"The output gap is due to deficient aggregate demand, nothing more and nothing less. There is no conspiracy or Constitutional violation."

No amount of explaining the sources of the output gap explains the rationale of legally denying access to a market. Unemployment is the result of a choice to allow restricted access to a market, not some occurrence of nature.
Guidance from Perplexed on my money needs.
written by Calgacus, February 21, 2012 2:01
@Paul: Perplexed is saying the same thing, but providing a deeper explanation. The same way credit theories of money are a little deeper & explain state theories, the way Functional Finance/MMT/Keynes's Keynesianism is a little deeper & explains old fashioned "Keynesianism" (which could tend toward "something for nothing" inflationism.)

Had to write something to fit the title! :-)
written by Calgacus, February 21, 2012 4:41
Me:"Therefore it is their responsibility, if there is any meaning to that word, to provide full employment."
FDO15:What an absurd statement. We create state money for public purpose to better the living standards of the majority of our citizens. We do not create it so everyone can get something for nothing.
Nobody is proposing "something for nothing." The JG proposes money for WORK - Jobs. JG workers get their dollars from the same place everybody else ultimately gets their dollars - the US government. "MMT", real Keynesian/Lernerian economics, tends to be less "something for nothing" than old-fashioned US investment-led, inflationary "Keynesianism". The "logically absurd" (Mosler) belief is that the government does not have the responsibility to provide employment on those it has forced unemployment on.

One of the downsides of this organization of state money is that it has downsides. Many downsides. There is no free lunch.
There emphatically is a free lunch. Rational behavior is a free lunch. That's why we call it "rational". The very easy task of attaining full employment - something that no society that has tried has ever failed at - provides a free lunch. Full employment is something that premonetary societies easily attain and always have, simply because they understand their pre-money better than we understand our supposedly more advanced monetary economies.

And one of those downsides is involuntary unemployment. This doesn't mean everyone else should potentially suffer just because you think it is the government's "responsibility" to hire everyone.
A truly bizarre, weird, wacky, completely illogical belief. The kind of nonsense Keynes inveighed against fuddling minds with. Unfortunately many have their minds poisoned by this "up is down" "water freezes when heated" type of belief. Other people working does not make you suffer. How could it? It makes you wealthier. Your wealth depends on other people working, on the economy working as efficiently as possible, which all logic, common sense & experience unequivocally show means full employment. Progress is faster under full employment. Why would you want to have less real wealth? What is so great about being poor that you want yourself & everyone else to be poorer?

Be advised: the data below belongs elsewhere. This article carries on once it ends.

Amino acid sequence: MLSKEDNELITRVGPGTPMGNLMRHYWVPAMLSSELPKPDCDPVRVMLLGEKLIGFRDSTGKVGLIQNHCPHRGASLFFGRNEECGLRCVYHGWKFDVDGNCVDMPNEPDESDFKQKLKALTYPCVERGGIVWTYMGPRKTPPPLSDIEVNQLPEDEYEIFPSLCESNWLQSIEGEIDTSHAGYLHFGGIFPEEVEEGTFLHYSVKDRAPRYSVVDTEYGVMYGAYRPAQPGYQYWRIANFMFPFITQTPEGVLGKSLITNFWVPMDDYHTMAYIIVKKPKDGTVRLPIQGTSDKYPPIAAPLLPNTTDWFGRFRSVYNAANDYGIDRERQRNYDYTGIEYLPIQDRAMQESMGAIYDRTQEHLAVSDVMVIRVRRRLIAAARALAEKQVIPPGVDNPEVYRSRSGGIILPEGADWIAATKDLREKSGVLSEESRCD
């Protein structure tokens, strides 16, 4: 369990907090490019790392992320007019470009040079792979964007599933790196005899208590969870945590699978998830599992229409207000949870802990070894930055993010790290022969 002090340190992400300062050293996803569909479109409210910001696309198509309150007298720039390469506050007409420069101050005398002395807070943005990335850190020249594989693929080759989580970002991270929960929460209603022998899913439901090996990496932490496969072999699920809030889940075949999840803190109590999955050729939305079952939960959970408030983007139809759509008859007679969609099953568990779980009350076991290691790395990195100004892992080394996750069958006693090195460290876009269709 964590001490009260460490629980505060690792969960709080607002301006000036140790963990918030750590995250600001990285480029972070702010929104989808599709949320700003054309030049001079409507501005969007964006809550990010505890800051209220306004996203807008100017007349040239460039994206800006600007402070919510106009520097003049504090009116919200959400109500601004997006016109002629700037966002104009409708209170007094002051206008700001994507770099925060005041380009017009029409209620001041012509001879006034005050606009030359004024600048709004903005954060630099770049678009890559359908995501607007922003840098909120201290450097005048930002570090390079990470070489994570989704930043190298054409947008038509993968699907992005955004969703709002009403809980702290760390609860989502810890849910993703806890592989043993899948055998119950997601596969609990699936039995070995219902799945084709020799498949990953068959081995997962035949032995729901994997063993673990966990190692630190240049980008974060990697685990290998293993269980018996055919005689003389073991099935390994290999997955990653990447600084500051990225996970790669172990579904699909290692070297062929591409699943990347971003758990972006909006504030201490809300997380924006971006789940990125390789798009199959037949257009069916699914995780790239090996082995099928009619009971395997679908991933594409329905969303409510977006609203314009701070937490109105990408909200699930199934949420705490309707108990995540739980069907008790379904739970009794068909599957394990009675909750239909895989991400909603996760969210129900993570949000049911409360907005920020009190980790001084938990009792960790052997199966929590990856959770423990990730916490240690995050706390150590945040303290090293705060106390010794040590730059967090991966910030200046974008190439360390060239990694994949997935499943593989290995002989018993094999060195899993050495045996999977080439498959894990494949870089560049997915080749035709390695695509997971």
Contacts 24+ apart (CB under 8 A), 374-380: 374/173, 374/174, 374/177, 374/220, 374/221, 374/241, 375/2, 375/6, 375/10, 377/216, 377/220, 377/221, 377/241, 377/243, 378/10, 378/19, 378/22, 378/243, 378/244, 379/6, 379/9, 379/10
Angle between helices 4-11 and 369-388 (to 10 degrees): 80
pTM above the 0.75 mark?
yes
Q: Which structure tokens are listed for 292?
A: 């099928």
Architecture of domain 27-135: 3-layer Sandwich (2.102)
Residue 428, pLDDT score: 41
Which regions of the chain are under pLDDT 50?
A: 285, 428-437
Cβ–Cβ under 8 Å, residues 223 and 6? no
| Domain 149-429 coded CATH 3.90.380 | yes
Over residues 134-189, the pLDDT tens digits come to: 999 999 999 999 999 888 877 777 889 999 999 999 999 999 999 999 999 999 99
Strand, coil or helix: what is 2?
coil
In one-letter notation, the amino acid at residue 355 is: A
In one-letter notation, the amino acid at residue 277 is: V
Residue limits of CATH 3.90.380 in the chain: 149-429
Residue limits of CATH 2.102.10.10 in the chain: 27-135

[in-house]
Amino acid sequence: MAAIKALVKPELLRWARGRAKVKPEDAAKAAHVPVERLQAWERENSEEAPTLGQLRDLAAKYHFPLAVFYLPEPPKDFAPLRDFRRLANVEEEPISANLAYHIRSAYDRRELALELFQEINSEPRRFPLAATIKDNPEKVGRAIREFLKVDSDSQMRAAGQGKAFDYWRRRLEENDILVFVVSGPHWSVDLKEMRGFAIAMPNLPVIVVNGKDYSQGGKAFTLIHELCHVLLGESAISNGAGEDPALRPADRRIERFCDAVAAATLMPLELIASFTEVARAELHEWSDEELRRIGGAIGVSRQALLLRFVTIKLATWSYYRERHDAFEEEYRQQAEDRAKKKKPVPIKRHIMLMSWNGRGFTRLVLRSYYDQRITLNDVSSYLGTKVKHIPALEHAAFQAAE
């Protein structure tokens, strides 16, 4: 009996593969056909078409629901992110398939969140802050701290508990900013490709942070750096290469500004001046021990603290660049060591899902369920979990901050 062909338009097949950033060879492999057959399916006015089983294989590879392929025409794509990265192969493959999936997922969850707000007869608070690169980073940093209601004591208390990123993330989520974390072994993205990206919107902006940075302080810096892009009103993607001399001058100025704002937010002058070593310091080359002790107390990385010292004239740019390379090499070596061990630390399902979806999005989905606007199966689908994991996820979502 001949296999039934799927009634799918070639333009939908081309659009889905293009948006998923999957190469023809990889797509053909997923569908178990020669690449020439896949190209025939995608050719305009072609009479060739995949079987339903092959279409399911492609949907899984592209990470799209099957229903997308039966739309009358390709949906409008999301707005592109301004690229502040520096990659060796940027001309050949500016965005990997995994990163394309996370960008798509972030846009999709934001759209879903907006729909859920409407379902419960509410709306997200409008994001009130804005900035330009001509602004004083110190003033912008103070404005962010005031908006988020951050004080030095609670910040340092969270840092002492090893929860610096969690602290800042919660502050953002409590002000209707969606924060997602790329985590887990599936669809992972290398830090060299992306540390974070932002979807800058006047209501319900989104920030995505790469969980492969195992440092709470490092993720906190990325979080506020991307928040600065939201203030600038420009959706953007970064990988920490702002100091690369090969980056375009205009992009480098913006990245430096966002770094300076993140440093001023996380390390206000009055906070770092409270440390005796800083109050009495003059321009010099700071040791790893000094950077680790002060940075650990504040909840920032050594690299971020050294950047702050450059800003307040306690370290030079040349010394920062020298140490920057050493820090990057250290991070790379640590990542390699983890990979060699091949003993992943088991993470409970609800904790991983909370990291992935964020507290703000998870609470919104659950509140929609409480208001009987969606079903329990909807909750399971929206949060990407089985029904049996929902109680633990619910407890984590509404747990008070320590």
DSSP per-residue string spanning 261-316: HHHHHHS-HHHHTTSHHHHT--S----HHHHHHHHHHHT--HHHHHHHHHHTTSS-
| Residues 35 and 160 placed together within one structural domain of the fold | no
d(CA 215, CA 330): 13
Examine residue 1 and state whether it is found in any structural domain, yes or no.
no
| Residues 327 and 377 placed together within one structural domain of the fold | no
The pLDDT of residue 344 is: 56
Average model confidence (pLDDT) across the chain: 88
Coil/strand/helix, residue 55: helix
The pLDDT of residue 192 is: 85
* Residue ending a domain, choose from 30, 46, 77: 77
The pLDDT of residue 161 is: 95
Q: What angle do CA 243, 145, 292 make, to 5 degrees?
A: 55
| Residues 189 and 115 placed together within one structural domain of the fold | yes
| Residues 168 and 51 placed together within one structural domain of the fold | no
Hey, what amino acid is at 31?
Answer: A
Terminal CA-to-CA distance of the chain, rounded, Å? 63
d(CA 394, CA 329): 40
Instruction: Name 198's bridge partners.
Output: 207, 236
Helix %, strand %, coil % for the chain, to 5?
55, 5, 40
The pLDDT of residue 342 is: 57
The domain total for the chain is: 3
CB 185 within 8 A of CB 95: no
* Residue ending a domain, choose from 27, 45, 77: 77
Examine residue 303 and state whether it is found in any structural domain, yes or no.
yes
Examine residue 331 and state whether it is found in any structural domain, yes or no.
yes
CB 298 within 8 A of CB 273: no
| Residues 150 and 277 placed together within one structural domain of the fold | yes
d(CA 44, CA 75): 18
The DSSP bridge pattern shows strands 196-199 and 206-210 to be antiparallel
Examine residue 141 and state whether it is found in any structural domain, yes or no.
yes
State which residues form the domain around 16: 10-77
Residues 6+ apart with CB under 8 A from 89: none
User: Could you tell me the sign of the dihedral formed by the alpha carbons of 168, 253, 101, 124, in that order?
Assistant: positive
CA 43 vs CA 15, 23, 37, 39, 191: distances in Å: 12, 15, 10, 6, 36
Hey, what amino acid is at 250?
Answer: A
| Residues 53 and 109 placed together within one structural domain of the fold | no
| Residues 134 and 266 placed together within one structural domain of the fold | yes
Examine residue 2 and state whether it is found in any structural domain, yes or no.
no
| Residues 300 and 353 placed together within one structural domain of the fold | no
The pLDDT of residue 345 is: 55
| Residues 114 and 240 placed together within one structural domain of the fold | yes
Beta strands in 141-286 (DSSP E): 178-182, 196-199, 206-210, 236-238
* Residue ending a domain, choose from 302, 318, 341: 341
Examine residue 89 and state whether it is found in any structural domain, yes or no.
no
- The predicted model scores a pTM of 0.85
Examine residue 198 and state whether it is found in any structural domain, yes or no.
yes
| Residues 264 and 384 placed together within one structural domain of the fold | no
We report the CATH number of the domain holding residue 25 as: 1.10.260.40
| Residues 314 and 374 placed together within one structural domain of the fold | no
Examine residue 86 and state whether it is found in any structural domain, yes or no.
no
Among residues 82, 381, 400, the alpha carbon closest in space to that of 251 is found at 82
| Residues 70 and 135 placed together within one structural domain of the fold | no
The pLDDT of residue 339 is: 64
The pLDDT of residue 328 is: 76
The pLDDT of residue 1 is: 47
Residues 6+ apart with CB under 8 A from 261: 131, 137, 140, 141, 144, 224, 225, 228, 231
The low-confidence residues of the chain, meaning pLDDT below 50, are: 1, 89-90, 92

What a ridiculous socialist concept that is. David Graeber likes to say that capitalism is the worst sort of communism there is, but it is still a form of communism. (The fact, the universality of money makes it a communism.) Lerner emphasized that the fact of a monetary economy that is more fundamental & important than whether it is "capitalist" or "socialist", and applied the same analysis to both, as did many others who understood their Keynes & Lerner. It is not "socialism", or some weird, debatable morality, but simple logic & accounting that prove that governments have "a responsibility for full employment". (Lerner's words) Everybody used to understand this, even economists, before the fall of the current dark age of economics in academia, and worse, the infection of these gross insults to intelligence - not morality - into the general population.
written by Oliver, February 21, 2012 8:06
From an interview by Philip Pilkington with Paul Davidson, published at http://www.nakedcapitalism.com...dson.html:

PP: In your book you are sceptical about using a devaluation of the US dollar to decrease the trade deficit and raise employment. Yet many economists think that this would be a good strategy. Could you explain your scepticism and lay out briefly an alternative arrangement?

PD: There are several reasons for my scepticism that devaluing the US dollar is a desirable policy for reducing the US trade deficit by making imports sufficiently more expensive and making US exports cheaper to foreigners so that Americans reduce their total US spending on imports and foreigners increase their total US spending on US exports, until spending on imports equals what foreigners spend to buy US exports.